Ehlis returned the compliment.
"He'll really be missed here," said Ehlis. "I enjoyed working him the past five seasons. We really developed a great relationship, communicating and making it enjoyable for the listeners. Dave is a talented broadcaster. He does a very good job of getting his personality across. He not only does a good job on play-by-play, but the listeners will get to know who he is and how he feels about certain issues."
Raymond, who was born in Florida and raised in Gering, Neb. before attending college on the west coast, confessed to many great game day moments he'll cherish as well.
"I worked one year in Charleston, S.C. and came to Des Moines in 2000," he recalls. "On Easter Sunday of that year, Kerry Wood did a rehab start for us. I remember it was a sunny afternoon and it was just unbelievable, a real eye-opener. It was almost like shock, being in that kind of a situation."
From there, memorable starts continued through the years.
"Without question, the single game that stands out most in my mind is Mark Prior's first Triple-A start, when he struck out ten," recalls Raymond. "He also hit two home runs and made two curtain calls. I remember it was a cold May evening with clearly not as many fans as there should have been. But it was absolutely electric.
"From a standpoint of athletic achievement," adds Raymond, "I've never seen a person elevate through the competition, the game, and the moment, in any sport, the way Prior did that night. It was magical and I'll never forget it. If I were to spend years and years in the majors, I would still always come back to that night."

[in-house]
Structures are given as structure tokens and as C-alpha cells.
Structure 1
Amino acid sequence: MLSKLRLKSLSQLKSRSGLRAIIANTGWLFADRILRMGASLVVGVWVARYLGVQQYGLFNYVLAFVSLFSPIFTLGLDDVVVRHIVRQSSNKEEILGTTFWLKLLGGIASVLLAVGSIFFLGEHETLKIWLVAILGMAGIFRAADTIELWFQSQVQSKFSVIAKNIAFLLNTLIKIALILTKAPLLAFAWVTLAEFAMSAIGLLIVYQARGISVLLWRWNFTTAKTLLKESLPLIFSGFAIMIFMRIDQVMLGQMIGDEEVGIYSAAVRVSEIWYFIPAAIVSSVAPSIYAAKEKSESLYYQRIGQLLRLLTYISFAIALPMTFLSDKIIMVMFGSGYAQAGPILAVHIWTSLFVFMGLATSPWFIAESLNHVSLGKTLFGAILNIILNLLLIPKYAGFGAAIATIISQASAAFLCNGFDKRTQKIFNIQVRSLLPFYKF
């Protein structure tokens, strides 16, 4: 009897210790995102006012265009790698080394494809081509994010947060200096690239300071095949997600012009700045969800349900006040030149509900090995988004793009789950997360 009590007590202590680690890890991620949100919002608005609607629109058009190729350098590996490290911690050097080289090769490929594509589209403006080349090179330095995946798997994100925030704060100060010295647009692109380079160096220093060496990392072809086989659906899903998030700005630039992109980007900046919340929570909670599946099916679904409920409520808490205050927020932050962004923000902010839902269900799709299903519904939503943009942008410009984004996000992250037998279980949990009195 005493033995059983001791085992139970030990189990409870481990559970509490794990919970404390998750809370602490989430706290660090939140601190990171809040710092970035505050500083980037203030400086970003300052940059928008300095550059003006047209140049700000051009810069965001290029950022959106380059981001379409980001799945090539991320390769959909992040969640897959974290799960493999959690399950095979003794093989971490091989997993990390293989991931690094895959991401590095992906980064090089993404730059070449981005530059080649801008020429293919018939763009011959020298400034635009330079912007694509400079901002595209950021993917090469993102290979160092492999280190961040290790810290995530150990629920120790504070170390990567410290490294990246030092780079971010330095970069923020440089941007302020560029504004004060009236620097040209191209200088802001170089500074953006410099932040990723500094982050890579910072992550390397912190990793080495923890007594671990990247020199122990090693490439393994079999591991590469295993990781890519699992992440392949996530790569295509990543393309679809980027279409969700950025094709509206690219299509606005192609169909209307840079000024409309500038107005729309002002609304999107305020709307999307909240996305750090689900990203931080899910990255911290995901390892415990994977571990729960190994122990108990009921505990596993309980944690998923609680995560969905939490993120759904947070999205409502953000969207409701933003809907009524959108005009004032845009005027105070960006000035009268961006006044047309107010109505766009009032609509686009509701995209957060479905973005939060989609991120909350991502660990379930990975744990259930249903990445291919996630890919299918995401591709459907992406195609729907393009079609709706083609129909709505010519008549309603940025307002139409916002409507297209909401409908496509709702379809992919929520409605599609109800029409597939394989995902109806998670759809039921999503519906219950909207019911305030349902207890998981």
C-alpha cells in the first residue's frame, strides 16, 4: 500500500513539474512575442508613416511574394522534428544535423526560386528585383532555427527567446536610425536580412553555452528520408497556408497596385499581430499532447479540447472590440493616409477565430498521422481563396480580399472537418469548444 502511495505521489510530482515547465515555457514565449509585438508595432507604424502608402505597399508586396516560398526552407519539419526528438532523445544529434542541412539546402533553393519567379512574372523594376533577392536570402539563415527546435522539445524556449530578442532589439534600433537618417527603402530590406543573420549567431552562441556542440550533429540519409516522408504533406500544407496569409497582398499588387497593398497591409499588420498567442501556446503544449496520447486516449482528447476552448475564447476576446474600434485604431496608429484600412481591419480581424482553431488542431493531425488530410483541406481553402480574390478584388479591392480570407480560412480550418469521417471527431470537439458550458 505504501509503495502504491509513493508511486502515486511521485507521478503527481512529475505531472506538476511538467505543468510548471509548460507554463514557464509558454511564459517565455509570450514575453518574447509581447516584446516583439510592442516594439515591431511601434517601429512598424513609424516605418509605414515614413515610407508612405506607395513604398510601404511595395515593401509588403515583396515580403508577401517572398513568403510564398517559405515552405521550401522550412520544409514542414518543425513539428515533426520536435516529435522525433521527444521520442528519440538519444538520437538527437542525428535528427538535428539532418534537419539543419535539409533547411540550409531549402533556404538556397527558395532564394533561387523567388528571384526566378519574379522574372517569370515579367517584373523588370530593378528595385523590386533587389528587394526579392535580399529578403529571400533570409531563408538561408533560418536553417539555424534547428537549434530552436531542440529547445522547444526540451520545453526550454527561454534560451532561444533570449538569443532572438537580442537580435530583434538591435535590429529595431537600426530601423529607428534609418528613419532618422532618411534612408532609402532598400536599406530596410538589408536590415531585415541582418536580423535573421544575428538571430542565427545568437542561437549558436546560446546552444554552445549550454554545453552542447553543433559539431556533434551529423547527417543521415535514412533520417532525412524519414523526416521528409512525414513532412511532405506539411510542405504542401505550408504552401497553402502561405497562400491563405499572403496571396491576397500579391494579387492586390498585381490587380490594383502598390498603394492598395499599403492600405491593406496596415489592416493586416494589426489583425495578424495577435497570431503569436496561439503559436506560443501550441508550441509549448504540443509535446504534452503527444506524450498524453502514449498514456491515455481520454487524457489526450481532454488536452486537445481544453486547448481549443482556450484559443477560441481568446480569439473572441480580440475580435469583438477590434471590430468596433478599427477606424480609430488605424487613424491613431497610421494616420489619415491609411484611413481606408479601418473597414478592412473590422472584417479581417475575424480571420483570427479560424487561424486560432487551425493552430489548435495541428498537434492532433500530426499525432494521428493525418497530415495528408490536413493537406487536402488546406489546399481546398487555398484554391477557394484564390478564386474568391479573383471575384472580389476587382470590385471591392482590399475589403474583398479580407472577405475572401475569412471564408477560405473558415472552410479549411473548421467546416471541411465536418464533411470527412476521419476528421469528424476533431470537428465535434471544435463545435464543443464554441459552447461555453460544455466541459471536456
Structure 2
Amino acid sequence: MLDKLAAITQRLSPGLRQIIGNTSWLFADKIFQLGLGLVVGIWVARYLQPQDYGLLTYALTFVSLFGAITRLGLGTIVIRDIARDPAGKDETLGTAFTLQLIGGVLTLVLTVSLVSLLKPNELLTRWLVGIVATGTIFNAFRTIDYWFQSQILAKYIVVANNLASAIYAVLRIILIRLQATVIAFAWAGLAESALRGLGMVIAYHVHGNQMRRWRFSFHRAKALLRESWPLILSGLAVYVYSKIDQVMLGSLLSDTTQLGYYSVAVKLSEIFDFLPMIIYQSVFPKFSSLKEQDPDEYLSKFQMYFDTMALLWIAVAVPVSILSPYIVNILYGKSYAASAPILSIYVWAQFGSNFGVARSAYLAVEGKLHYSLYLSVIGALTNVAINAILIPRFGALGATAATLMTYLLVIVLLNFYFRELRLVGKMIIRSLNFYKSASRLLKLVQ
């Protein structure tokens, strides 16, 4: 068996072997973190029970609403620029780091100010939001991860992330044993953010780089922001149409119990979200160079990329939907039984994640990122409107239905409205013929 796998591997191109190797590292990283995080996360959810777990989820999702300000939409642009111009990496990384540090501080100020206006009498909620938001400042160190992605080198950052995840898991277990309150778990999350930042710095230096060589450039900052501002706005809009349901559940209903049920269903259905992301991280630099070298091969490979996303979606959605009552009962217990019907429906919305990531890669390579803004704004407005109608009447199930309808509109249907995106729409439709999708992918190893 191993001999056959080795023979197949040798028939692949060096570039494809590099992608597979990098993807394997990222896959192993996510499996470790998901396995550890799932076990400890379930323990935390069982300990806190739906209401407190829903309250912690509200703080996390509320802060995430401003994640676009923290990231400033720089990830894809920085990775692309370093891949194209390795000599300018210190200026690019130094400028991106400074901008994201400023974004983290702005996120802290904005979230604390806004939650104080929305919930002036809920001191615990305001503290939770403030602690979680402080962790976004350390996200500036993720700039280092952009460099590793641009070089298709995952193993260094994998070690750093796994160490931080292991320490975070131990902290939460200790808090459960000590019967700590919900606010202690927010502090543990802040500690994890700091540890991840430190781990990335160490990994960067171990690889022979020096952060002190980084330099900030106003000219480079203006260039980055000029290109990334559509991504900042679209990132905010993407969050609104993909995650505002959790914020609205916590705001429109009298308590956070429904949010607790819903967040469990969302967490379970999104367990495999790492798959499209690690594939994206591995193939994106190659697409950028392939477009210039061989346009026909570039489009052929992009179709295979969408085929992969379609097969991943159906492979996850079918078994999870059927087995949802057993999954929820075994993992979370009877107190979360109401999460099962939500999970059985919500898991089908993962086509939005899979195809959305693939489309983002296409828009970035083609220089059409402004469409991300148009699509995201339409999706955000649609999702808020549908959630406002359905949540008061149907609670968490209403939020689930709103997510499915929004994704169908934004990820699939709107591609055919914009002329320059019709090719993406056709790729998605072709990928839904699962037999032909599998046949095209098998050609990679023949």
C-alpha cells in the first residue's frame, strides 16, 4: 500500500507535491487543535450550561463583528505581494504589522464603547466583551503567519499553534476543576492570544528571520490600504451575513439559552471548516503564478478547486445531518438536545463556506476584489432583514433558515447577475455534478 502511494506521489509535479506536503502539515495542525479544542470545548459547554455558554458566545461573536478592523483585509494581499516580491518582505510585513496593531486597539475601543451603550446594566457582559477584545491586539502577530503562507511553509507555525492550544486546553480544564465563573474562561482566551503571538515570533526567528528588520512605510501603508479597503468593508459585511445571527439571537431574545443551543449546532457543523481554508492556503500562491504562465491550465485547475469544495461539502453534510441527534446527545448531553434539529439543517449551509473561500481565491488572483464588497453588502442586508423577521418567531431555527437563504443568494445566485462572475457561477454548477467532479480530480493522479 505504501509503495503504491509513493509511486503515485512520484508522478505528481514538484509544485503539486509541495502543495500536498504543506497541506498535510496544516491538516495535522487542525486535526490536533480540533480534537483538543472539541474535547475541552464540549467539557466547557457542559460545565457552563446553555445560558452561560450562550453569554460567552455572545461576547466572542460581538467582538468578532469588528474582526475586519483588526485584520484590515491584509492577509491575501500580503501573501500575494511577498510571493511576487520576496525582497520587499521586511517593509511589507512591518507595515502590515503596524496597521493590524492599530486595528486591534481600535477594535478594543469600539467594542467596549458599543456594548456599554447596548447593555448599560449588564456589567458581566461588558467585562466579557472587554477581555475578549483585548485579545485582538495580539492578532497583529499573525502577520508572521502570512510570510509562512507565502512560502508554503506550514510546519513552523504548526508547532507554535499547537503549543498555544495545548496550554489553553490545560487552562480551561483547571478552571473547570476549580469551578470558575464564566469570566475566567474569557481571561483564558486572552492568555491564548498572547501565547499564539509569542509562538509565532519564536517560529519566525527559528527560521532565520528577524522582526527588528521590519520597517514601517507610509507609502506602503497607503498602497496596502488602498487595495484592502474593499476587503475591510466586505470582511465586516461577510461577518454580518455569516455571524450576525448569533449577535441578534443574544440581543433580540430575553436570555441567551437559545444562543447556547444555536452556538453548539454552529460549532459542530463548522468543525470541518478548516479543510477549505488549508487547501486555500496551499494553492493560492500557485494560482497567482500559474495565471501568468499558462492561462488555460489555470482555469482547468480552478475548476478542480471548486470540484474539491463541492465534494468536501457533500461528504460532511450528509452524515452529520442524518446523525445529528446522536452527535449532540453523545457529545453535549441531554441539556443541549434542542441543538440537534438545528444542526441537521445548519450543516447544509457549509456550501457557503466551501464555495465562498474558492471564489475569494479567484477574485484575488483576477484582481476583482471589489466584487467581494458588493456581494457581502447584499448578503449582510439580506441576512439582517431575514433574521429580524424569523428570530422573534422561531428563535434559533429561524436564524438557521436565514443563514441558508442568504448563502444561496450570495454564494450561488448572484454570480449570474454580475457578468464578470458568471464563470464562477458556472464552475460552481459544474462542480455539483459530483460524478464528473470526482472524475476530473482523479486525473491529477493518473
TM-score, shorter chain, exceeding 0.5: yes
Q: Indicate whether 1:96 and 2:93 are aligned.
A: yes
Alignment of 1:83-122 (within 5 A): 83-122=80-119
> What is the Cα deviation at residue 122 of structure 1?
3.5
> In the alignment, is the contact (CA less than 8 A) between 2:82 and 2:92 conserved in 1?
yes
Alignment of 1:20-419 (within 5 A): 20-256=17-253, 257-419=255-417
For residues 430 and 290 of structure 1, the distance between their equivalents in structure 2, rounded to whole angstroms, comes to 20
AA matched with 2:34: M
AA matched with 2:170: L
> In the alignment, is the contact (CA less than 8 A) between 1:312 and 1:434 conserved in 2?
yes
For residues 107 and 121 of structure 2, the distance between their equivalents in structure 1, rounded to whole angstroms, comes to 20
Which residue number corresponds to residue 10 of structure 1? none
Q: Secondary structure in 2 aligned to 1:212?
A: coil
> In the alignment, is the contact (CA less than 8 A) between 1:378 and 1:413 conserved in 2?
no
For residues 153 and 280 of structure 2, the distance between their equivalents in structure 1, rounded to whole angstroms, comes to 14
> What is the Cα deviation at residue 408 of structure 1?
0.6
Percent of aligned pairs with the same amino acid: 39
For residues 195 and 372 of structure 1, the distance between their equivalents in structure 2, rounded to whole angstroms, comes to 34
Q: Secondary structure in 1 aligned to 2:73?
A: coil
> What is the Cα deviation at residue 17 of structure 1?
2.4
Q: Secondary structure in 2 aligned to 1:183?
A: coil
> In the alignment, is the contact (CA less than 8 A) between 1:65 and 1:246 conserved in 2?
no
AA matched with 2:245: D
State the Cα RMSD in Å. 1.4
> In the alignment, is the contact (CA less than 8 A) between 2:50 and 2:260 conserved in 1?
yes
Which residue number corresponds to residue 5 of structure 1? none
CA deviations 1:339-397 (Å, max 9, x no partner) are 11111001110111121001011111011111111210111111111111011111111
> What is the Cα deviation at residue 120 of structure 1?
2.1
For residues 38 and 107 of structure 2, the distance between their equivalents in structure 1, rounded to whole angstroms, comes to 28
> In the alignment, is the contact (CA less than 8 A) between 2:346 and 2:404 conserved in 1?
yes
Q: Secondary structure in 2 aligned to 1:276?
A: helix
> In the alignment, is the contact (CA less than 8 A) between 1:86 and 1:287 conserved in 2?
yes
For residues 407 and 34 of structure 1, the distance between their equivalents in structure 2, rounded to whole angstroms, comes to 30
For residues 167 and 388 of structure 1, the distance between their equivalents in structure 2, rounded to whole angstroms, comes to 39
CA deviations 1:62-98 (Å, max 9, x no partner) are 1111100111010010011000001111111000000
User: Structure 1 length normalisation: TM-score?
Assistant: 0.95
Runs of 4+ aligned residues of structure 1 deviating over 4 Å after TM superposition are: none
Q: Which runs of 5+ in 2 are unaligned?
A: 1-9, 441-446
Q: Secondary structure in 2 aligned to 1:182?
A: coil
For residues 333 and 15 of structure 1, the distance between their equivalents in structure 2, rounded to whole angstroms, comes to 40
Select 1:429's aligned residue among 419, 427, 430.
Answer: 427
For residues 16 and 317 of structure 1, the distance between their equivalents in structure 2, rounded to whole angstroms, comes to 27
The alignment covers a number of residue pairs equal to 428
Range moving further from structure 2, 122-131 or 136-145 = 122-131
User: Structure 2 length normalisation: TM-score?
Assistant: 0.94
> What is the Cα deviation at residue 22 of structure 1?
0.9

Raymond's memories the past five years don't all reflect on the minor league circuit, however. In 2003, he did work with the San Francisco Giants.
"Working with the Giants was a dream come true on a professional level," said Raymond. "That was the year that Barry Bonds' father, Bobby, died. I was with the team right after that. Barry was not with us on that stretch, but he later joined up in Arizona. Now what is significant about that is that he homered in his first at-bat, on his first day back, crushing the ball over the swimming pool at Bank One Ballpark. Later that night, he left the game and spent the night in the hospital with an irregular heartbeat. Then, a few days later, he provided the game-winner on Labor Day."
As for who might replace Raymond in the Iowa broadcast booth, Ehlis told ITI, "Right now, the plan isn't to hire anyone full-time. The team feels that two or three people could be found locally to fill in on a part-time basis."
One of those persons could be Jeff Lantz, media relations director at Iowa.
"I think they're still talking to Jeff about making a road trip or two, and doing some color commentary," added Ehlis. "He filled in for Dave last year in Sacramento during the playoffs and does a wonderful job with analysis."
This will be Ehlis' sixteenth season in the Iowa Cubs broadcast booth.